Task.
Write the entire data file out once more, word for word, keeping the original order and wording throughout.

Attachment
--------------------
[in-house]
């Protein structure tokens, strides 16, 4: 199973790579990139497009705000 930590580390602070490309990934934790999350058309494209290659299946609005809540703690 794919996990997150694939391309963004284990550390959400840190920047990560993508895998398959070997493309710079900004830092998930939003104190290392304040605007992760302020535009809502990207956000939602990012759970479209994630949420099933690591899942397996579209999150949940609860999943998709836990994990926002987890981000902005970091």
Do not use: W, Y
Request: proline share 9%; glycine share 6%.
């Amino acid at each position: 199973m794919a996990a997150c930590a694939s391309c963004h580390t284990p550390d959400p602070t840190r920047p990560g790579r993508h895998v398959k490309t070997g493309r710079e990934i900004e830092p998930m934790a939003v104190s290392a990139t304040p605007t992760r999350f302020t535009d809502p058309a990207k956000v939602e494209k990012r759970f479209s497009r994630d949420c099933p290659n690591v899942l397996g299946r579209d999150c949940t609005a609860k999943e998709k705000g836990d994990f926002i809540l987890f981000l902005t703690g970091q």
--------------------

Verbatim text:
[in-house]
């Protein structure tokens, strides 16, 4: 199973790579990139497009705000 930590580390602070490309990934934790999350058309494209290659299946609005809540703690 794919996990997150694939391309963004284990550390959400840190920047990560993508895998398959070997493309710079900004830092998930939003104190290392304040605007992760302020535009809502990207956000939602990012759970479209994630949420099933690591899942397996579209999150949940609860999943998709836990994990926002987890981000902005970091």
Do not use: W, Y
Request: proline share 9%; glycine share 6%.
């Amino acid at each position: 199973m794919a996990a997150c930590a694939s391309c963004h580390t284990p550390d959400p602070t840190r920047p990560g790579r993508h895998v398959k490309t070997g493309r710079e990934i900004e830092p998930m934790a939003v104190s290392a990139t304040p605007t992760r999350f302020t535009d809502p058309a990207k956000v939602e494209k990012r759970f479209s497009r994630d949420c099933p290659n690591v899942l397996g299946r579209d999150c949940t609005a609860k999943e998709k705000g836990d994990f926002i809540l987890f981000l902005t703690g970091q």